Saint Benedict (480-547) lived in an era of decline in the Roman Empire. He realized that it was growing difficult to practice true Christianity given the cultural temperature of his day. Instead of falling prey to the weaknesses his society suffered from, Benedict “retreated” to establish a series of monasteries where the orthodox faith could be practiced ascetically and the traditions of the Church could be preserved. All in all, he founded twelve of these communities centered around “The Rule of St. Benedict,” a rigorous guide to a disciplined spirituality.
Rod Dreher’s new book The Benedict Option sees value in learning from Benedict’s example and appropriating the pattern of monastic living for today’s world.
Benedict lived right at the beginning of the “Dark Ages,” which began with the Fall of Rome in the fifth century and lasted until the fourteenth century with the arrival of the Renaissance. There are numerous parallels between Rome during its period of decline and our current culture today. Externally, Rome faced perpetual war with barbarians and financial instability. Internally, there was strife and a breakdown of social order.
The response of the American church to similar circumstances faced in today’s culture has not been encouraging. Instead of transmitting the faith as it was once delivered, there has been a pivot to relevance only to achieve impotence.
The statistics are not encouraging. One in three 18-29 year olds are not religious at all. Many young adults raised in the church go off to college and leave the faith. Furthermore, in one Pew study, out of people who attend a local church, 36 percent of respondents attend once or more a week while 33 percent only attend once or twice a month or just a few times per year, which means the amount of time they are in uniquely Christian environments is substantially less than their counterparts. To make matters worse, another study by LifeWay Research and Ligonier Ministries found that as many as two-thirds of self-identified Christians believe things like “God accepts the worship of Christians, Jews, and Muslims” and a number of other heresies.
In many churches, the emphasis seems to be on entertainment or political action. Meanwhile, many denominations are compromising the very fundamentals of the Gospel to receive applause from the larger culture while ironically hemorrhaging members. The absence of an effective church has created a space more prone to pluralism (a value which is not bad in and of itself when understood civically). The problem is that the pluralism we are currently experiencing in our own culture is partnered with a rampant secularization.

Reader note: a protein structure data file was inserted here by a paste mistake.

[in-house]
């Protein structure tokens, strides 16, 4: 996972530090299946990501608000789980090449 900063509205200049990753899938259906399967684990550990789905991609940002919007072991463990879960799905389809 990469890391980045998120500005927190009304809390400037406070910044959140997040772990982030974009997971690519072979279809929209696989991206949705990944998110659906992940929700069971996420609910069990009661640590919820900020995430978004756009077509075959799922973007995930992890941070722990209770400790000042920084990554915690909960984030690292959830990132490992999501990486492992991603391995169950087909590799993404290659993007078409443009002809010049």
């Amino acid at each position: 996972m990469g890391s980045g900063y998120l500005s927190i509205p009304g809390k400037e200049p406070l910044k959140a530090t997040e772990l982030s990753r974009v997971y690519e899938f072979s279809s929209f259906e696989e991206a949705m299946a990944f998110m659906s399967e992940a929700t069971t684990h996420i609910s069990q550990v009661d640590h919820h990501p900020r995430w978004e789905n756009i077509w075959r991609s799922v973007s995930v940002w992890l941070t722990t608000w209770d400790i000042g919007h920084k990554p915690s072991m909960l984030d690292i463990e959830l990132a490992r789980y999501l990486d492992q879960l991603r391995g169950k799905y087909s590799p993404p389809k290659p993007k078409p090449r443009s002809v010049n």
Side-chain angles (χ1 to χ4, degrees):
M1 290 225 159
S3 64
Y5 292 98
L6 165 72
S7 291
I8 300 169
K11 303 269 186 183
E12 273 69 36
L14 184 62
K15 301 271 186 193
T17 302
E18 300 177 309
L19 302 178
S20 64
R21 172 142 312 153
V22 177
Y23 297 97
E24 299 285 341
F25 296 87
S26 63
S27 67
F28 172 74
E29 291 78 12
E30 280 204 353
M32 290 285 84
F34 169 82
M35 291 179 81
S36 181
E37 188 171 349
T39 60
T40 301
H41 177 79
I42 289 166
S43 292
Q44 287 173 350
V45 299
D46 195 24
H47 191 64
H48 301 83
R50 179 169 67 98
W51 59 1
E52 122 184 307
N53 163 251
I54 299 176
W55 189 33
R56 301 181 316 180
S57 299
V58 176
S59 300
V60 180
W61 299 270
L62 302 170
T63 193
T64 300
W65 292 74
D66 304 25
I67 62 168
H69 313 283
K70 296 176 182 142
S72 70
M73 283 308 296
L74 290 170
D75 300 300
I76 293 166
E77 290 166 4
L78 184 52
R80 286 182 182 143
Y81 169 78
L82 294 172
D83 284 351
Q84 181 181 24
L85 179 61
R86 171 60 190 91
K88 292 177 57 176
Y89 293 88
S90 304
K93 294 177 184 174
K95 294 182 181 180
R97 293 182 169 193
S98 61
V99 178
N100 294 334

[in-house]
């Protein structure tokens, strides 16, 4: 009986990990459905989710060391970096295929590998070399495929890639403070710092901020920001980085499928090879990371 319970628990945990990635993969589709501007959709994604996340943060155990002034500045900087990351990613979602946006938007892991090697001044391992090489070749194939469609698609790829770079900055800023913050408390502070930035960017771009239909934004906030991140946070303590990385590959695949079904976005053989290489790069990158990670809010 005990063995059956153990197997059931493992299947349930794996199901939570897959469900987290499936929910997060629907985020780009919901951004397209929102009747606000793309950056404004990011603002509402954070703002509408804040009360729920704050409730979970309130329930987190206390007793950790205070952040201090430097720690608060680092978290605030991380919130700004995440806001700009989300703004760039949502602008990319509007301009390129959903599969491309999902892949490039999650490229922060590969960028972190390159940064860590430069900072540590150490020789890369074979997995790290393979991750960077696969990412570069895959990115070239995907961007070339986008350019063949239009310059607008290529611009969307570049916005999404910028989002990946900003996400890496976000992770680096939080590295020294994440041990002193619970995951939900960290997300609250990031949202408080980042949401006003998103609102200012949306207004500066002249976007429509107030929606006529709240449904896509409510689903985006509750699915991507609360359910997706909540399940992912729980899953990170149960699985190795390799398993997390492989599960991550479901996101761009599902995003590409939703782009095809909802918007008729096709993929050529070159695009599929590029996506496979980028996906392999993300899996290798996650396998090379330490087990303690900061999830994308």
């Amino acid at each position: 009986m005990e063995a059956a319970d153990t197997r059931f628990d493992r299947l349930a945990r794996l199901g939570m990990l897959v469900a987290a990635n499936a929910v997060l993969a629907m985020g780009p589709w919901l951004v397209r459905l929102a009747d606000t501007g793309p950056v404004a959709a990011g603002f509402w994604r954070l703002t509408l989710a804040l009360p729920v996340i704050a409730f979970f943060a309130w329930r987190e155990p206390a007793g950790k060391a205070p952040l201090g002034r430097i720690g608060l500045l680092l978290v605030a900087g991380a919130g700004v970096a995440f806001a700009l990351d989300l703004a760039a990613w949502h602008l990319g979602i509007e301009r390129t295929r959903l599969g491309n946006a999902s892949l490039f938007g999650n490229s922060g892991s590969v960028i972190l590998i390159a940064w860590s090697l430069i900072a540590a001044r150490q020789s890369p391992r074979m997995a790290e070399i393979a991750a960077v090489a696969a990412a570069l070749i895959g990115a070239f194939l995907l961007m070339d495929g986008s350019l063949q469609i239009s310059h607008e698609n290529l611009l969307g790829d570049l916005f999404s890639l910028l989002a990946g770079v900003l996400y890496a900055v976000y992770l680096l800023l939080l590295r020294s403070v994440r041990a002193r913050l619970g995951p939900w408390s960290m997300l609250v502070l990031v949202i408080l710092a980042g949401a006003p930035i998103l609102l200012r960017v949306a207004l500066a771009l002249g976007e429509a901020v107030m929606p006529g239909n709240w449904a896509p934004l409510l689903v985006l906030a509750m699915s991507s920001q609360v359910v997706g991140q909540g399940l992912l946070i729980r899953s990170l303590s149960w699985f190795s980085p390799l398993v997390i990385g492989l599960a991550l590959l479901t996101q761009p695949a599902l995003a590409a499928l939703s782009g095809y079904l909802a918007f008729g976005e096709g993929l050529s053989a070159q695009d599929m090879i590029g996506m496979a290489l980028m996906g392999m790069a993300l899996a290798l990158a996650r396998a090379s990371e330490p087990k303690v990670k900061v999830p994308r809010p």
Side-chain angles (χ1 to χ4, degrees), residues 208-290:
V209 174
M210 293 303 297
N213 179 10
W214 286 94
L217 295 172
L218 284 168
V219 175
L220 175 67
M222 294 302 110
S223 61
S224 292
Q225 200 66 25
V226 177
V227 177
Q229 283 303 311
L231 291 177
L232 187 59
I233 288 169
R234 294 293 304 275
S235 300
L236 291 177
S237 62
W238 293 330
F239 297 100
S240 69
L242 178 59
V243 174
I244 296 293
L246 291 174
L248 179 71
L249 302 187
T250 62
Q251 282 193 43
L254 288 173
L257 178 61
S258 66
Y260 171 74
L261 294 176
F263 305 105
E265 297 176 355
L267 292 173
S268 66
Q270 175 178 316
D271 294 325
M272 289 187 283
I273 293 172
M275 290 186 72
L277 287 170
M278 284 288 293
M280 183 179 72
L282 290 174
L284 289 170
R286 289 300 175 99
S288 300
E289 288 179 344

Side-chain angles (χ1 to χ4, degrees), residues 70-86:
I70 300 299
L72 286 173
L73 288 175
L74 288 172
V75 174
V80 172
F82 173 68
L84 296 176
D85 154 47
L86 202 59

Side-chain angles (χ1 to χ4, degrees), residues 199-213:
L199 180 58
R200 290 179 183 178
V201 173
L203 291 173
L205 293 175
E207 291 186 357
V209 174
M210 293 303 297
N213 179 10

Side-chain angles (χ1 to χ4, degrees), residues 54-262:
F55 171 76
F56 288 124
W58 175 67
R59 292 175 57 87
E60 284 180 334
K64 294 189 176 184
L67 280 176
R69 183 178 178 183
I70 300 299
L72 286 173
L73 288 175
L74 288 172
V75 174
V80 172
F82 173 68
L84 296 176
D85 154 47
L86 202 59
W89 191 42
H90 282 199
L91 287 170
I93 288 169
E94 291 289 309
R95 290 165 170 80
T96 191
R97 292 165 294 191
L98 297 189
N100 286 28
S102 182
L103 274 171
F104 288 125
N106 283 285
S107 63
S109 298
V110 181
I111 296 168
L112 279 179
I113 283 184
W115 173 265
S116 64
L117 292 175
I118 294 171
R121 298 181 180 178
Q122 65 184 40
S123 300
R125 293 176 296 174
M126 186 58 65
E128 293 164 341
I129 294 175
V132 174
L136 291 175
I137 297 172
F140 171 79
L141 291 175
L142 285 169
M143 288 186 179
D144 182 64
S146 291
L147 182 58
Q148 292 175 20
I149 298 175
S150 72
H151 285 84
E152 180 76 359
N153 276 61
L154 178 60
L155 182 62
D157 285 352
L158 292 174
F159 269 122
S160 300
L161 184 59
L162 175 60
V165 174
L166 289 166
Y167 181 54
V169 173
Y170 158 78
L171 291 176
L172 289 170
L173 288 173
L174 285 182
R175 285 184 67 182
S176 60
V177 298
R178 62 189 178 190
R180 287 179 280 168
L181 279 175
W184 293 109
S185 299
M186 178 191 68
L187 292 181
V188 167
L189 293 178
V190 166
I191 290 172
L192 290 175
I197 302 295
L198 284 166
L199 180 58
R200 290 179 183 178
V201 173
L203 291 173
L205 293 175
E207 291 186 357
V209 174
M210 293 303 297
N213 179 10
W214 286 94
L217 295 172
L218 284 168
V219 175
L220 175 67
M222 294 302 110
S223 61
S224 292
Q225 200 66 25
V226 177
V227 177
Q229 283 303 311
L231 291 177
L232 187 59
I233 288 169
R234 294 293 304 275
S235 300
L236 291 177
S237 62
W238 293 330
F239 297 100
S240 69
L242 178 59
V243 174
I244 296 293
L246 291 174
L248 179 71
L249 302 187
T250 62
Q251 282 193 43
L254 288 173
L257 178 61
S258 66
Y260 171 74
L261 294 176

In the face of such social decline, what are Christians to do?
St. Benedict’s solution is to establish monasteries, practice disciplines (he uses the phrase ora et labora, “work and prayer”), and preserve the traditions. Monastic communities can, in such dire times, function like the ark which preserved Noah and his family during the flood. Dreher posits that, while not everyone today will be able to live in a monastery, they can live monastically. To live monastically is to create “parallel structures” in the church distinct from the larger culture.
One good example might be marriage. The state views marriage as little more than a business contract between two people. Whatever the church has traditionally taught about marriage, it’s not that. To Christians, marriage is a sacramental reality, a sacred covenant before God. “What therefore God has joined together, let no man put asunder” (Matt 19:6; RSV). A monastic response might be to follow the example of a growing number of pastors who refuse to participate in state weddings. Instead, they carve out a place for Christians to practice fully what marriage is within the church. They refuse to sign legal contracts because they recognize that God is the one who defines marriage, not the state.